Resume Ransomware: GoldenEye targets hiring managers, recruiters and HR

People charged with filling career positions at their companies need to be on the lookout for ransomware—especially GoldenEye ransomware.

GoldenEye is a new form ransomware written by the same cybercriminal who gave us the Petya and Mischa ransomware attacks. The author has applied some of the same distribution tactics that Petya and Mischa are known for by masking the ransomware as a job application. GoldenEye attacks typically begin with an email that appears to be from someone interested in a position. The inboxes of human resource personnel and hiring managers are often swamped with emails from potential candidates. As a result, very little time may be spent reviewing each email. Instead, recruiters and HR managers open the attachments and quickly screen resumes or cover letters to determine if the applicant is qualified for the position. GoldenEye takes advantage of this behavior. GoldenEye is currently targeting potential victims in German-speaking countries, but that could change at any moment.

GoldenEye emails include two attachments; a PDF cover letter and an Excel spreadsheet with a file name that includes the phony applicant’s last name, a dash and the word “application” in German. The cover letter looks entirely legitimate. The cover letter has an introductory statement, photograph and then states that the Excel file contains references and results from an aptitude test. The PDF attachment does not include any malicious code but the presence of a well-written cover letter aids in convincing the victim to open the second attachment, an Excel file.

The Excel file contains the ransomware as a macro. The file displays a flower logo that appears to be loading something. Microsoft Office blocks the macro unless macros have been enabled by the victim. Victims are enticed to enable the macros so that the loading screen will disappear to display the resume content. However, once enabled by the victim, the macro will save code into an executable file in the victim’s temp directory and then launch the ransomware. The program encrypts files and displays a ransom message. However, after the initial ransom message is displayed, GoldenEye restarts the machine and encrypts the Master File Table (MFT) and replaces it with a custom boot loader that shows the ransom message upon computer startup.

GoldenEye essentially performs the file encryption activities of Mischa and then restarts to perform the MFG encryption activity of Petya. Both encryption methods have been improved, and decryption methods for Petya and Mischa will not work on GoldenEye.

GoldenEye’s ransom message instructs victims go to a URL on the dark web to obtain their decryption key. Victims will need the decryption code presented in the ransom message to pay the ransom.

Be careful when opening any attachments from an unknown person and ensure you have a backup of critical files so that GoldenEye does not claim a ransom from you.

For more news and information on the battle against ransomware, visit the FightRansomware.com homepage today.

Interviewing Tips from Microsoft

In a 2008 blog entry by Steve Clayton at Microsoft, he mentions the five things he looks for in candidates when hiring.  This information is useful for both job candidates and those looking for qualified people.  Here are his five tips:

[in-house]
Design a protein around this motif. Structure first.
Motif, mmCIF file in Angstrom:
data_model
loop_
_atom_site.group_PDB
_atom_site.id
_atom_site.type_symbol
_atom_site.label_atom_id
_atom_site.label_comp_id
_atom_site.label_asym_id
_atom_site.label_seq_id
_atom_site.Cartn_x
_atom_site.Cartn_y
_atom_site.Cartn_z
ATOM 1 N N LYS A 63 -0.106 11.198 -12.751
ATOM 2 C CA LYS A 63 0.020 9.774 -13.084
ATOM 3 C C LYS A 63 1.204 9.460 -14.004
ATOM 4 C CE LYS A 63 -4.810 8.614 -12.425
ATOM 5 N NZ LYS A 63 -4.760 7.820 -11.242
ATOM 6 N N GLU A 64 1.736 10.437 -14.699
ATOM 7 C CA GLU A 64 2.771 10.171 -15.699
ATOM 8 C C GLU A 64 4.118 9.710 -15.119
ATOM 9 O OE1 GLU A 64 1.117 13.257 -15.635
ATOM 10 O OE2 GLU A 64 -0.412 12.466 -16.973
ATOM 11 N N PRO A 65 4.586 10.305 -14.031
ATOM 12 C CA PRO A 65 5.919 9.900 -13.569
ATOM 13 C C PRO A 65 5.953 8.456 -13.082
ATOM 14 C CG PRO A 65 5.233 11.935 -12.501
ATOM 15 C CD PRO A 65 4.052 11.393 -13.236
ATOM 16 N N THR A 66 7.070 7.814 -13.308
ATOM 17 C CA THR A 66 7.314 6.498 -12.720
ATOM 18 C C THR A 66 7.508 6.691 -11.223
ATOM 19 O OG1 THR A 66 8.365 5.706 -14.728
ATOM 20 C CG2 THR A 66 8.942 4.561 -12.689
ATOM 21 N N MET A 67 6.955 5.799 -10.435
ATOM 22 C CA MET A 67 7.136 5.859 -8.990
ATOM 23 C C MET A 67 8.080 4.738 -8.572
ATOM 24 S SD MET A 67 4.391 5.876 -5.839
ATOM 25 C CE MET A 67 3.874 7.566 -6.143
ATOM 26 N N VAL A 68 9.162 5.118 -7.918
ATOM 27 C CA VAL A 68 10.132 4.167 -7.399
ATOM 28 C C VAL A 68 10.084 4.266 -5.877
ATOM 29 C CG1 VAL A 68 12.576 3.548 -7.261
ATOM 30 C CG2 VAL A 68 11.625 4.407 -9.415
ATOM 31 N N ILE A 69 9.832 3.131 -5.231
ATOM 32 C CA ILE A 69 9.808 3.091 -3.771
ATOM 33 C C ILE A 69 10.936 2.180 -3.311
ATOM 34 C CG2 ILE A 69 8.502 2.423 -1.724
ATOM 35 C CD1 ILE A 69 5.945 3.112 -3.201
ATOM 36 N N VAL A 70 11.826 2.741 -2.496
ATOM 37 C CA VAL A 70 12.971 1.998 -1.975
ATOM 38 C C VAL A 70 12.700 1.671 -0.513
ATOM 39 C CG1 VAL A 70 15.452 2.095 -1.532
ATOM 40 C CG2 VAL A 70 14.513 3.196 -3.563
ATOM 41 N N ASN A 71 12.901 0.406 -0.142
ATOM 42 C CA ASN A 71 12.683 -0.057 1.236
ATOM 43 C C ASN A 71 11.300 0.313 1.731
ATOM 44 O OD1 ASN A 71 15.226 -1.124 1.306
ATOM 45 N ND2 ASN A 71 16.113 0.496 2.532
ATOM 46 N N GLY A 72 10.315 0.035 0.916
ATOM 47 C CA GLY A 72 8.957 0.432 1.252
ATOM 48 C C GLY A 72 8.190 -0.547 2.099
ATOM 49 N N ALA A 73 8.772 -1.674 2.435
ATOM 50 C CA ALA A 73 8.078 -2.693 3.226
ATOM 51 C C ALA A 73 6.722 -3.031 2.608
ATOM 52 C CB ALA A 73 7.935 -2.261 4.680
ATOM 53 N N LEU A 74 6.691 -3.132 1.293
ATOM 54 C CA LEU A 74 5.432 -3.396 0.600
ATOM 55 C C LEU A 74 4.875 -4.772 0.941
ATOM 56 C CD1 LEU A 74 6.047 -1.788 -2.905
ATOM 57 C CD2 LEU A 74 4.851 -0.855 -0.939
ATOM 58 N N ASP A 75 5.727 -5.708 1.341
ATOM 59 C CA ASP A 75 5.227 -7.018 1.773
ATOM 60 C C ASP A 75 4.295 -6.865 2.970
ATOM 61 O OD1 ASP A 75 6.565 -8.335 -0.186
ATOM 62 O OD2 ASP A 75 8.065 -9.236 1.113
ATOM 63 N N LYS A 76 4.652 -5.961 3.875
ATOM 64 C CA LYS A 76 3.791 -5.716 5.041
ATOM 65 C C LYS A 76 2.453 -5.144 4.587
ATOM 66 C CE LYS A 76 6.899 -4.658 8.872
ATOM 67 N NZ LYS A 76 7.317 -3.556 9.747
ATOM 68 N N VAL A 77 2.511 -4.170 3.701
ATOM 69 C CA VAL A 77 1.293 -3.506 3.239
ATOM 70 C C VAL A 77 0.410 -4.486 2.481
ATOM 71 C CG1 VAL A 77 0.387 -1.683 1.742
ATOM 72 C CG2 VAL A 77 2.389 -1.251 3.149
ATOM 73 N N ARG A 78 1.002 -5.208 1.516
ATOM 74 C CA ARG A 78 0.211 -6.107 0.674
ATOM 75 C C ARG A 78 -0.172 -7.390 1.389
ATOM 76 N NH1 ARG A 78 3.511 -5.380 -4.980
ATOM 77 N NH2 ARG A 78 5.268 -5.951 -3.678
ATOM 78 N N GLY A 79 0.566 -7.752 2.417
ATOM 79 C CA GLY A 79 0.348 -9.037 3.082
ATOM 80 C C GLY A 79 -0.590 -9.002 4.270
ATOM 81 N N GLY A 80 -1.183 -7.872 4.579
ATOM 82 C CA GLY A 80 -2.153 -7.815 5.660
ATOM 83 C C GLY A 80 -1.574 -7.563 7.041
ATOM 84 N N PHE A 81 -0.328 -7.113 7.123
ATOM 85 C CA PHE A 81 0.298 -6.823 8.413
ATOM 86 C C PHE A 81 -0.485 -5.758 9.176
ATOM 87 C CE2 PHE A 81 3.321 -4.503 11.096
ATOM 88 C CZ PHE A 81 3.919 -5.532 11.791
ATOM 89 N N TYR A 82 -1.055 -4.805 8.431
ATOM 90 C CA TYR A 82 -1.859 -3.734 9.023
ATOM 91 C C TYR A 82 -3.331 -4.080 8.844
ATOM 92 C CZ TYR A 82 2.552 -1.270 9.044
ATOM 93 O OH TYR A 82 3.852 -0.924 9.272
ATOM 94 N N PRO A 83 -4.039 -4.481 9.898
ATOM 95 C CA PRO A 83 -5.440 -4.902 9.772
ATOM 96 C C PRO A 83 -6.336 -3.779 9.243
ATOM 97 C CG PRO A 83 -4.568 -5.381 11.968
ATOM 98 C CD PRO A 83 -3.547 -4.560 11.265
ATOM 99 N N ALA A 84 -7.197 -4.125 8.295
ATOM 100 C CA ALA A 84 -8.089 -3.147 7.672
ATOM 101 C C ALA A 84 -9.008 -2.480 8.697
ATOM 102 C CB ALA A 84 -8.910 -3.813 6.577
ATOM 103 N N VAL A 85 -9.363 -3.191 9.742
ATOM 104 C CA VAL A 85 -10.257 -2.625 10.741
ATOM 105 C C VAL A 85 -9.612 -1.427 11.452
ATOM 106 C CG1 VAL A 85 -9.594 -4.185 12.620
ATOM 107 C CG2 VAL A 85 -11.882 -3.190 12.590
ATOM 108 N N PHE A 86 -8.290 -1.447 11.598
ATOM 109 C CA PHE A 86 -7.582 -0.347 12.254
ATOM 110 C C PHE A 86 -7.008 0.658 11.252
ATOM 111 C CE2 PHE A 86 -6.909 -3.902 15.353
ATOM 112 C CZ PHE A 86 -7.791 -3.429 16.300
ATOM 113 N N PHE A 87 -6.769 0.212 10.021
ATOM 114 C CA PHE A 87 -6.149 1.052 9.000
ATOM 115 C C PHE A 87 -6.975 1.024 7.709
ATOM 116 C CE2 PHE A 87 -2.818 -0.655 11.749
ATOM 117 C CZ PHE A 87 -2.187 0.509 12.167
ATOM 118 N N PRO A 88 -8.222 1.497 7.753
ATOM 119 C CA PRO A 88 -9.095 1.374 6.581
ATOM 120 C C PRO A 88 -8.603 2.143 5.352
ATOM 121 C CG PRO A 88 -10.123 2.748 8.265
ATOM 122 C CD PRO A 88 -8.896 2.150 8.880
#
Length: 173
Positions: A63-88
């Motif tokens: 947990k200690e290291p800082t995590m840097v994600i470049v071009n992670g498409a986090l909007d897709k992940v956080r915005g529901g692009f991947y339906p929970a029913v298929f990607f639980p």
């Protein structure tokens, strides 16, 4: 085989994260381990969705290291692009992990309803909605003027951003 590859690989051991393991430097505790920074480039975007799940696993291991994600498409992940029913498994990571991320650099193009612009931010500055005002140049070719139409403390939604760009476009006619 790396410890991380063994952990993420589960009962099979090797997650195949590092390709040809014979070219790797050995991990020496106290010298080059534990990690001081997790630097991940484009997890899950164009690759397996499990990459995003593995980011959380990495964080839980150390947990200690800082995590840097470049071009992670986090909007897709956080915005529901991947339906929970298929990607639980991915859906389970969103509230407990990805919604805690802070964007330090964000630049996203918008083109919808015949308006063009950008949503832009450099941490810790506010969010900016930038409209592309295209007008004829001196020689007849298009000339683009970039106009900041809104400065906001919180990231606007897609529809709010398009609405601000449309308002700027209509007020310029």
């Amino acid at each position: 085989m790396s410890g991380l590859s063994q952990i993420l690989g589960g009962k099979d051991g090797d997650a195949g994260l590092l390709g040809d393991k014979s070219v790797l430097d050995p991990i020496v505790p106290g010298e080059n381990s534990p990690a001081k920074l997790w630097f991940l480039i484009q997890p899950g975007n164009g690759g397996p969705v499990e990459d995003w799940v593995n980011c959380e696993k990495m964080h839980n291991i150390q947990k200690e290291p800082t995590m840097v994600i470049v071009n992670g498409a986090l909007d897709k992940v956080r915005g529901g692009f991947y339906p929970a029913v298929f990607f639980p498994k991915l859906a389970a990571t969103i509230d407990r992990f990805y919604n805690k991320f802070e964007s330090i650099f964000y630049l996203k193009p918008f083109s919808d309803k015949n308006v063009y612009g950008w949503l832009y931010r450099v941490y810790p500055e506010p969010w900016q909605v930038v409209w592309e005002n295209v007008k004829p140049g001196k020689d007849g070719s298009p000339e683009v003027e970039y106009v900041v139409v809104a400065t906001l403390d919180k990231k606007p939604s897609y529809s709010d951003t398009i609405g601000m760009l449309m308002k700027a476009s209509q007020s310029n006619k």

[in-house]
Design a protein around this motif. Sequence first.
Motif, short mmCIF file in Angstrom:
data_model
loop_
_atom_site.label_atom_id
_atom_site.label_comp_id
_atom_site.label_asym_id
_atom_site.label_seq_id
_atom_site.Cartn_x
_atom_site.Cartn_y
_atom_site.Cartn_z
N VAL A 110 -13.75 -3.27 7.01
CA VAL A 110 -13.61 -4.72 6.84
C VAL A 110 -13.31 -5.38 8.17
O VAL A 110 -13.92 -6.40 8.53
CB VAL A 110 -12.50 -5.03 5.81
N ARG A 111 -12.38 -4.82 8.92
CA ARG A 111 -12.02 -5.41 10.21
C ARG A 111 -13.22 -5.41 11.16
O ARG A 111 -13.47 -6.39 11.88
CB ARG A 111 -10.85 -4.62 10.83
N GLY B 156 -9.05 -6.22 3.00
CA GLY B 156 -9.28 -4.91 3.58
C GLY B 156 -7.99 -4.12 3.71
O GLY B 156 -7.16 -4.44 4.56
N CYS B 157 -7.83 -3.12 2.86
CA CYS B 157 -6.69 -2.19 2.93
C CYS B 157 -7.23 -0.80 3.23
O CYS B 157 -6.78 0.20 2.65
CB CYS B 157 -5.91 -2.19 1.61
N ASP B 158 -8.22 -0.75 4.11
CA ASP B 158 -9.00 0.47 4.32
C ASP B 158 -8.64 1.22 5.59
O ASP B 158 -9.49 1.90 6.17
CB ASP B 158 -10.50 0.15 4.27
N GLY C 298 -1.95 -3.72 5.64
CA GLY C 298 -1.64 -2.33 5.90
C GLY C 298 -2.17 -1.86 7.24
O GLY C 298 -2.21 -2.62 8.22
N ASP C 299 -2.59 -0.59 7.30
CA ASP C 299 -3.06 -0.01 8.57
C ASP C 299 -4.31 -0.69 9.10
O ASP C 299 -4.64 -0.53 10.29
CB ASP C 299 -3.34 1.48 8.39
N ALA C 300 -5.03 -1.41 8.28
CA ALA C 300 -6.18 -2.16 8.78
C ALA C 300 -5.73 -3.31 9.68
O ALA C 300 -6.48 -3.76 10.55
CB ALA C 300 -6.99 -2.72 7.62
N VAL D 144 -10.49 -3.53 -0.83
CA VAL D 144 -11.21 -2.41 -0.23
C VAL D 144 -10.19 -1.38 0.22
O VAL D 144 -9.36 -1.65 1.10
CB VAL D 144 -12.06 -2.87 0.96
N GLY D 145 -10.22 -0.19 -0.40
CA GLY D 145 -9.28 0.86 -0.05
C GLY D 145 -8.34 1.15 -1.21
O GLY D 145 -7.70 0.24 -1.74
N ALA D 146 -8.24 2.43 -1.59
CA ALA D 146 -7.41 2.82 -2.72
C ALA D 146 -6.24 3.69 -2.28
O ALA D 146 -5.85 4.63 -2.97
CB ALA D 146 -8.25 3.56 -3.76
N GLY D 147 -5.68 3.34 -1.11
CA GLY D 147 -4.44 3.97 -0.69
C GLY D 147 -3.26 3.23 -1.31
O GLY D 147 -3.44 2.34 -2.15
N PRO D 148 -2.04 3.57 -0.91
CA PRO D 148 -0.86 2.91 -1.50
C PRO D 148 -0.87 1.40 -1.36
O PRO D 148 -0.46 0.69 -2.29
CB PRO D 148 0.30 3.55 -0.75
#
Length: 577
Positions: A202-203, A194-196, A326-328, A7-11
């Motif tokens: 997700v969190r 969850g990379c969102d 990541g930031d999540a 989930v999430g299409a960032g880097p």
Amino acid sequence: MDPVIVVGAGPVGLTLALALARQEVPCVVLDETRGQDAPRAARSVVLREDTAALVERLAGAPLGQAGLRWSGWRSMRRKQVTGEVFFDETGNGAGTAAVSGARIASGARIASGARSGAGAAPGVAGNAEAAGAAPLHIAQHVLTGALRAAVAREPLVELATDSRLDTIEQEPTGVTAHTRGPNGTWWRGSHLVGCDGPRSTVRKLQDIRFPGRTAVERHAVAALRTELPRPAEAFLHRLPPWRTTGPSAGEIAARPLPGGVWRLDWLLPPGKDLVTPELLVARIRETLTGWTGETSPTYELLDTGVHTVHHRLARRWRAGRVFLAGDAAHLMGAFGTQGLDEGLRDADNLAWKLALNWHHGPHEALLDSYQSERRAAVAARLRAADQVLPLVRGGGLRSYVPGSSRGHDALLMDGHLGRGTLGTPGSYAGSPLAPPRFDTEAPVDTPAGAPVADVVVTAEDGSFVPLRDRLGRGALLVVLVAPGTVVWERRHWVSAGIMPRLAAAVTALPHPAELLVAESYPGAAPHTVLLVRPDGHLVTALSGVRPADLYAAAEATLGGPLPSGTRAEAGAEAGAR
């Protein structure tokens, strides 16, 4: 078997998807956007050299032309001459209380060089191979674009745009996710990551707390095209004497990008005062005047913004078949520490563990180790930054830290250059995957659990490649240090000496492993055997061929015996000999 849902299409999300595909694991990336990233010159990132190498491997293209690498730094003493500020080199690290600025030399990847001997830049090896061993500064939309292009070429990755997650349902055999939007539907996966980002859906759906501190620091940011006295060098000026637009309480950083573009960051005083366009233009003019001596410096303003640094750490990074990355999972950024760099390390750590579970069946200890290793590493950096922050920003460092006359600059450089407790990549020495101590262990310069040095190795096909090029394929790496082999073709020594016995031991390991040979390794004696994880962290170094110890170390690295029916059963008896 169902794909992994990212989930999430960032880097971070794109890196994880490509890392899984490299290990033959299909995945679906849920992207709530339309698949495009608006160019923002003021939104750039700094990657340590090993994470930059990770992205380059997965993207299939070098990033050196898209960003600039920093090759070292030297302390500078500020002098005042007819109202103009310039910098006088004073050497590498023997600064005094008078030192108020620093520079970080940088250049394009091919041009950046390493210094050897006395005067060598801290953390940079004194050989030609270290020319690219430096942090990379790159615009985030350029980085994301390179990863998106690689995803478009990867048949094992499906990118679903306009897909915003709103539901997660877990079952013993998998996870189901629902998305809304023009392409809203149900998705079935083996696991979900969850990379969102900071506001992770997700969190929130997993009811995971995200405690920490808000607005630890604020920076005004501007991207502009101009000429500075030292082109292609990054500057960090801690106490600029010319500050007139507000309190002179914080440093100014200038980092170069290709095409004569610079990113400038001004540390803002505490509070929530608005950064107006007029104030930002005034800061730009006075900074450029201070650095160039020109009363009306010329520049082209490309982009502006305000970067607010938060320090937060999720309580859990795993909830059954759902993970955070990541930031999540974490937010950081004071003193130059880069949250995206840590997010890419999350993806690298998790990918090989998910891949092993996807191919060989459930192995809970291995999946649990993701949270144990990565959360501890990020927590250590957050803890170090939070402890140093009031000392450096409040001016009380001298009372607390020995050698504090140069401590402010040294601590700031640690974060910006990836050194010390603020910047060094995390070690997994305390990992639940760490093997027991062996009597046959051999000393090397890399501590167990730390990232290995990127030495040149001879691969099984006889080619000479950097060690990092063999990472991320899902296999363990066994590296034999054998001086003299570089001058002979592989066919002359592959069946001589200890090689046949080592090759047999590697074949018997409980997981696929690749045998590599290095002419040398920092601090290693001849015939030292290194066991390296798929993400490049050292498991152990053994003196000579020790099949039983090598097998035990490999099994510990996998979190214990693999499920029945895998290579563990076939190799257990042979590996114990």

1. Hire for diversity, not consistency – I wanted people in my team as diverse as I could. Having twenty brilliant but unmanageable tech wizards in the team don’t work. Balancing out the wizards with the delivery guys worked out well.
  2. Hire Delivery Guys (and girls) – I don’t mean postal workers. I mean make sure you have folks who simply deliver – again and again, on time and with minimum fuss. When the chips are down, they come to the fore, and your wizards take a back seat. As a side note, figure out what makes these people happy and reward them well. They’re gold.
  3. Hire Wizards – in my experience everyone great team has one (or more) who are just brilliant minds. They’re the creative ideas people who differentiate you from the average team. They’re often a nightmare to manage, but they’re worth it. How do you know a wizard? They’re curious
  4. Hire Curious People – by this I mean people who have a natural curiosity. Stephen’s mentions this in his interview with Bill Taylor, and it struck a chord with me. These are the people who ask questions. Constantly. They may not ask questions out loud, but they will question things and often go away and explore to find the answer for themselves. They may never need the information or us it – but one day they may. Trust me this is a very valuable skill. These people become information hubs, and you hear their names again and again in the company as they’re “go to” people. I learnt some of this from my Granddad…but that’s a story for another day.
  5. Hire Passionate Readers – this doesn’t mean hire people who read Mills and Boon. It’s similar to curious people but worth calling out separately. A friend (who is a wizard and curious) taught me this interview question when I joined Microsoft. Ask someone what magazine they regularly read. Let’s say they answer with WIRED. Then ask them how many back issues they have in their loft. It’s not a deal breaker question, but my guess is if you’re reading this you know what I mean. People who are passionate about stuff read about it. A LOT. Okay so they may read online now, and this question may be dated but try it anyway. They may say “ah I just auctioned off my 8-year collection of National Geographic on eBay.” That’s a hire.

For interviewing help go to http://interviewexcellence.org